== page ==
"This is not a political film. This is not a political film." Such was the mantra of Oliver Stone during press interviews in the months leading up to the release today.
Stone - in an effort to preemptively knock down mainstream media critics who snivel "conspiracy" every chance they get to disparage Stone's work - reportedly promised his producers to drive this non-political point home so that even the dullest of mainstream commentators would get the picture.
Stone was true to his promise. But considered in the context of the Rove/Bush/Cheney political culture, the wars, the suffering and the division that have been wrought, World Trade Center is the most political film of the year.
It's what my father described to me the JFK assassination was like; an event that "marked time," and defined an era. [I will not comment on the movie plot line or performances of the film; I hate it when reviewers ruin movies, just go see World Trade Center!]
America is an intensely ideological society where brand management, public relations and Rovian defamations have become such a fine craft that even the most outrageous of lies - Saddam's Iraq being a threat to America, gays being out to destroy marriage, and a Vietnam veteran who lost three limbs is a threat to national security as a U.S. Senator - can be sold to much of the citizenry with the assistance of the corporate media.
As an eloquent depiction of the commitment that we all have to each other and how this commitment creates a real human "goodness," this film is a, thankfully, subversive, political action against the make-believe world of Karl Rove.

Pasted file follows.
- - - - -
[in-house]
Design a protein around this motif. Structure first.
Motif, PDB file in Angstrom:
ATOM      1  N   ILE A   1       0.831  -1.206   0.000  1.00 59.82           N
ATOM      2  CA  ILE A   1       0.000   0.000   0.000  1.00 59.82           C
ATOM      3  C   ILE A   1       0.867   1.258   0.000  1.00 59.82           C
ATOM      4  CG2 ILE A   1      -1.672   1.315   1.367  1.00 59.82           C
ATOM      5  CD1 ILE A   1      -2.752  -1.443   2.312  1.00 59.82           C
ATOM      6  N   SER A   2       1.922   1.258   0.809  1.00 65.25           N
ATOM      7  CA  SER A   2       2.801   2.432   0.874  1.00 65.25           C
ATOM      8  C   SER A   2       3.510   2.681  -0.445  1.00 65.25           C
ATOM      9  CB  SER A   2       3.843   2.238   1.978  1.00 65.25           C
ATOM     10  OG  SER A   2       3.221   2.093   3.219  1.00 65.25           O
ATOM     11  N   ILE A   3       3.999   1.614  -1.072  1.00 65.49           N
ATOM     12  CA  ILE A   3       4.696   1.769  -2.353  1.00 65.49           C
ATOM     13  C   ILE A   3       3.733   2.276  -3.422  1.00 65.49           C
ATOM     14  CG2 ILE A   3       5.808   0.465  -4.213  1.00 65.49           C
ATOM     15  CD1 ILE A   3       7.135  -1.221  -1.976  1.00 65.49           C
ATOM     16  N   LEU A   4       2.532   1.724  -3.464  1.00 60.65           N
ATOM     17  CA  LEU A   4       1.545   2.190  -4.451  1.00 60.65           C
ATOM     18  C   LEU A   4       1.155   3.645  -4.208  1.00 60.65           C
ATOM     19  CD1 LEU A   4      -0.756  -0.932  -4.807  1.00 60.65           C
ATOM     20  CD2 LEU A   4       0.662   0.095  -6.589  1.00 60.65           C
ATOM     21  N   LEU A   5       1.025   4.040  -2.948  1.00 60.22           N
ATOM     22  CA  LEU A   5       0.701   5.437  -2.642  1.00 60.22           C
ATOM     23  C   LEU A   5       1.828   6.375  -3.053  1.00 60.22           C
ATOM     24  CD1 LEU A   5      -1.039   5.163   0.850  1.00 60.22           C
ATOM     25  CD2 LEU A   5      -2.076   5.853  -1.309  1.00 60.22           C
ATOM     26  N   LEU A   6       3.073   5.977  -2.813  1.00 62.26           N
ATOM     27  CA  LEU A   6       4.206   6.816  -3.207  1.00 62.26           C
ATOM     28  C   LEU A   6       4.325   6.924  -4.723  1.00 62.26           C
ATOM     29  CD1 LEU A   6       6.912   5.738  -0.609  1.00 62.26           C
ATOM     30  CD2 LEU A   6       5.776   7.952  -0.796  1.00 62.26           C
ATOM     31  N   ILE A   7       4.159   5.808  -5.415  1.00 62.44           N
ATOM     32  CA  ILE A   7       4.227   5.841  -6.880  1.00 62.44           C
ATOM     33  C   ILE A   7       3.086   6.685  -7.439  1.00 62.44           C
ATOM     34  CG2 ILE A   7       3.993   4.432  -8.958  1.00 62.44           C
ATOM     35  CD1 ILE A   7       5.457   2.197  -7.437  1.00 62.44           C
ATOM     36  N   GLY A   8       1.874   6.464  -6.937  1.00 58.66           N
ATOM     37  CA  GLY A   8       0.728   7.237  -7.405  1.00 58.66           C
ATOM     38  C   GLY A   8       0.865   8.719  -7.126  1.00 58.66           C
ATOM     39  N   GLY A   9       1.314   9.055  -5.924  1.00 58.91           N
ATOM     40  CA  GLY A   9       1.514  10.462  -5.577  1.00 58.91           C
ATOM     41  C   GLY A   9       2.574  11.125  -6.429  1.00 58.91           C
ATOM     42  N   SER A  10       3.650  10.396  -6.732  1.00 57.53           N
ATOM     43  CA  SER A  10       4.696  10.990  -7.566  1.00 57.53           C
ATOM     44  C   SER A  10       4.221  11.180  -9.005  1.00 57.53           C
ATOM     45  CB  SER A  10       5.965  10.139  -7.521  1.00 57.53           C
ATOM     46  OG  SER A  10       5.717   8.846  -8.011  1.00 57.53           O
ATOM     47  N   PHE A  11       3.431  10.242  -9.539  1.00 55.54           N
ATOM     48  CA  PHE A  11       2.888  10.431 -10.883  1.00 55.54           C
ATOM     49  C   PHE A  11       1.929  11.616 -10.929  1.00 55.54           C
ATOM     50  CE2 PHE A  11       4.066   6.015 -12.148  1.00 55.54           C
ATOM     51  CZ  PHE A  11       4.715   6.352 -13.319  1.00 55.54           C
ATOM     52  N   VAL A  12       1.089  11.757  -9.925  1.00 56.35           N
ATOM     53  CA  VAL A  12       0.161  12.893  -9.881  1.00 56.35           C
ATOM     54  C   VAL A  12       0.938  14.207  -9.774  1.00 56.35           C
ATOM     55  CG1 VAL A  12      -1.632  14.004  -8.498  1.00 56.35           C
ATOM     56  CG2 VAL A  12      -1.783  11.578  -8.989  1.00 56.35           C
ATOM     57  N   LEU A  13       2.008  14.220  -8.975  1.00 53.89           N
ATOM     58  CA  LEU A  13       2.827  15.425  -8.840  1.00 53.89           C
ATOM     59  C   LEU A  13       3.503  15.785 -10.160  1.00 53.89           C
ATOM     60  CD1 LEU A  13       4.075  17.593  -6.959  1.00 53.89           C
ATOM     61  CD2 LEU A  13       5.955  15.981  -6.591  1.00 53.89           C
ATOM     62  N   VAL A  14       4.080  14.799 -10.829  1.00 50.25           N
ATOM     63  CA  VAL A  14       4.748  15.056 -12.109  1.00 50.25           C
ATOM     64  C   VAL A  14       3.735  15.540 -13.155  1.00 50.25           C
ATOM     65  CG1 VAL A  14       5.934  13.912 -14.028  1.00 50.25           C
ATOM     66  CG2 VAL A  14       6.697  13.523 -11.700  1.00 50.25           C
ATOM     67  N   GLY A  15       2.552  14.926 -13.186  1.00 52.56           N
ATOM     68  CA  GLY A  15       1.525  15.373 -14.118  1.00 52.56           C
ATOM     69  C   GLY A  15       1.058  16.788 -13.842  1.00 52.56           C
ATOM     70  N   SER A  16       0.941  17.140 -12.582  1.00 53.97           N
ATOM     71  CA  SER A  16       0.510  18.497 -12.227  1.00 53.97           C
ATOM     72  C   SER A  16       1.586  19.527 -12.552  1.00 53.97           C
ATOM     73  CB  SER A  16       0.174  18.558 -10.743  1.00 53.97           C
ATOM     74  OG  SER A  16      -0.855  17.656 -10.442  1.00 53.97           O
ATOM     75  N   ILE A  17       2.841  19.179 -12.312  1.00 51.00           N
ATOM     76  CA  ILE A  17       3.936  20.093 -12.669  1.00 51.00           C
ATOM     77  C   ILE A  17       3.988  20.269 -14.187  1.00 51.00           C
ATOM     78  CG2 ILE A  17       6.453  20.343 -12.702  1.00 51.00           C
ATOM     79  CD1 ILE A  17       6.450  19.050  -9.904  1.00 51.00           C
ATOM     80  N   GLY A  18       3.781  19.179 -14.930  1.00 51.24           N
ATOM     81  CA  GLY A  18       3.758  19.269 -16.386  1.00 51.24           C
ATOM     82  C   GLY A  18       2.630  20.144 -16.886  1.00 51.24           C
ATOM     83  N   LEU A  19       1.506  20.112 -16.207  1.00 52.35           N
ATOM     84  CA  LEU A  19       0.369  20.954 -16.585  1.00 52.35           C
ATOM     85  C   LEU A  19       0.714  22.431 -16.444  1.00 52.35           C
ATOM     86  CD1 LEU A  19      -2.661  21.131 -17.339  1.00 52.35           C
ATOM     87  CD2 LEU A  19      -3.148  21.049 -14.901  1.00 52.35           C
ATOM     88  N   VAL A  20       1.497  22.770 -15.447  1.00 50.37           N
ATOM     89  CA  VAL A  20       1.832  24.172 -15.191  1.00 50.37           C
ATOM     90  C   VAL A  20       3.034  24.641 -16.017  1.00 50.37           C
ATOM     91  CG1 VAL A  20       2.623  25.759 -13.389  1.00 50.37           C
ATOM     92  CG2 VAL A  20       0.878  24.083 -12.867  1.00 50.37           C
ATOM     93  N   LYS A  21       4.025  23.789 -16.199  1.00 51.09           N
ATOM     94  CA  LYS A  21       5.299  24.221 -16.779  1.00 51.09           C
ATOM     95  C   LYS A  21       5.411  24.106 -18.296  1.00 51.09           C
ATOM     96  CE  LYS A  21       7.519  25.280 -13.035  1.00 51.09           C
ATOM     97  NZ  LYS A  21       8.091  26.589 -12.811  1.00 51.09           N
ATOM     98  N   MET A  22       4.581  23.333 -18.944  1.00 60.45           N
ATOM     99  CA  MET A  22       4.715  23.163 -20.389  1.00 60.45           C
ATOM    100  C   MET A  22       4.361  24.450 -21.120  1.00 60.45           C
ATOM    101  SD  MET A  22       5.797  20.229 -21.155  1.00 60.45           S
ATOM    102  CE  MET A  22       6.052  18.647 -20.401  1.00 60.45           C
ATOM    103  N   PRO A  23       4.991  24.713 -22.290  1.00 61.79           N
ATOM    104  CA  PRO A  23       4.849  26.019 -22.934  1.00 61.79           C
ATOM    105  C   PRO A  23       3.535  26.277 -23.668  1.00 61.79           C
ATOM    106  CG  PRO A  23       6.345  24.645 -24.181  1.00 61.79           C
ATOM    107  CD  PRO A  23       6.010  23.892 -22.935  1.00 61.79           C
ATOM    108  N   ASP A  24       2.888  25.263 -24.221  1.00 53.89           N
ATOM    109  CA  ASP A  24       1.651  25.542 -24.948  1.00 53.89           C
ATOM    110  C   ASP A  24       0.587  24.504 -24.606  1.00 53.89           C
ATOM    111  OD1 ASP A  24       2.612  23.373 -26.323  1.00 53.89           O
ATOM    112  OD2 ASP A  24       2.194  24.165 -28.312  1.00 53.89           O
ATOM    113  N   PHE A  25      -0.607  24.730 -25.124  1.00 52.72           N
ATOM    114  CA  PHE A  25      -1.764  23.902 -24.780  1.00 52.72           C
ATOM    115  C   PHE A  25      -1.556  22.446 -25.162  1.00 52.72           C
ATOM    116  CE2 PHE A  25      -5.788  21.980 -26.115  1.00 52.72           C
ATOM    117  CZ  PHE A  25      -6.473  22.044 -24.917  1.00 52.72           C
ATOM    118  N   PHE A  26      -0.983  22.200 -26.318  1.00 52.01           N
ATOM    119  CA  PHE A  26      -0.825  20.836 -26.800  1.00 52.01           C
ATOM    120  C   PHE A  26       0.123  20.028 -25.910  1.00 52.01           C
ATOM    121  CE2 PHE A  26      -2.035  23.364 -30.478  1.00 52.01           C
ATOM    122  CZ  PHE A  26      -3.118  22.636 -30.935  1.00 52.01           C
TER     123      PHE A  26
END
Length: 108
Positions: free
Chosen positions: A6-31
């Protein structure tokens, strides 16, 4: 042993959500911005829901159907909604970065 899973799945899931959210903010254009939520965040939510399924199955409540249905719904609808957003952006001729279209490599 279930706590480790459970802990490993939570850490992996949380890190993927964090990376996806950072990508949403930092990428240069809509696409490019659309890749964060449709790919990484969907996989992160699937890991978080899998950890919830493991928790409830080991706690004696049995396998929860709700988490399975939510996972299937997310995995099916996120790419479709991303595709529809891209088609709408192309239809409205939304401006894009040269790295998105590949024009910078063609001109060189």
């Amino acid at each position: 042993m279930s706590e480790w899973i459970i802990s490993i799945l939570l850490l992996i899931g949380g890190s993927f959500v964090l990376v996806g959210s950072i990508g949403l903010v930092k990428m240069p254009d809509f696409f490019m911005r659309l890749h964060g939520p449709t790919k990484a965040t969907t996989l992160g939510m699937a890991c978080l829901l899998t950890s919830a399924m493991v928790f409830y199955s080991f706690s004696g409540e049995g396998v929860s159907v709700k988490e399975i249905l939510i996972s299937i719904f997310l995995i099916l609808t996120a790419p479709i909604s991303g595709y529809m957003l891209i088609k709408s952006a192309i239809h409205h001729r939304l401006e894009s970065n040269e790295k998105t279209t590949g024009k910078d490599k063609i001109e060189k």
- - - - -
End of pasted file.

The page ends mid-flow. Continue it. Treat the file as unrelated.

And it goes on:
But, to borrow from the analysis of Hannah Arendt, the "banality" of goodness defines 9/11, cutting through the mad, chaotic spin of today's facile American culture and nihilistic, Rovian politics.
Simple dedication to our fellows in the face of death shows us the American spirit so plainly, and is so inspiring that experiencing World Trade Center, I could swear that Stone sneaked into the film single frames of King, Muste, Knoll, and Dellinger creating a subliminal message of compassion, duty and hope.
These human commitments that to George W. Bush are mere words to be read off a TelePrompTer explode throughout World Trade Center.
What makes these people - Marines, firemen, policemen - care about other people whom they have never met? What mettle makes these men and women? Ask these people, and like that received from most war veterans, you'll get laconic and banal replies.
This spring at an event honoring a heroic Hispanic police officer killed in the line, Richard W. Sanders, a 35-year law enforcement veteran whose D.C. office overlooks the Pentagon about 300 yards away, recalled the surreal scene on 9/11 when a jet crashed into the Pentagon right after the two jets had hit New York. Sanders said he'd never forget it.
But he remembers the RESPONSE of heroes like those in World Trade Center even more clearly.
"We talk too much about celebrities today, not heroes. Basketball players, football players, actors, actresses; they are all fine people. But they are celebrities, not heroes," said Sanders, Special Agent in Charge in the Drug Enforcement Agency. "What I saw after [the crash] is what I like to remember and what I care more about. I saw the fire department, the police department, EMS, FBI, DEA, DOD, ATF, not run away from the problem, but run toward it. They ran toward that building, hand-in-hand, arm-in-arm to say 'What can we do to help?' That's the hero of America."
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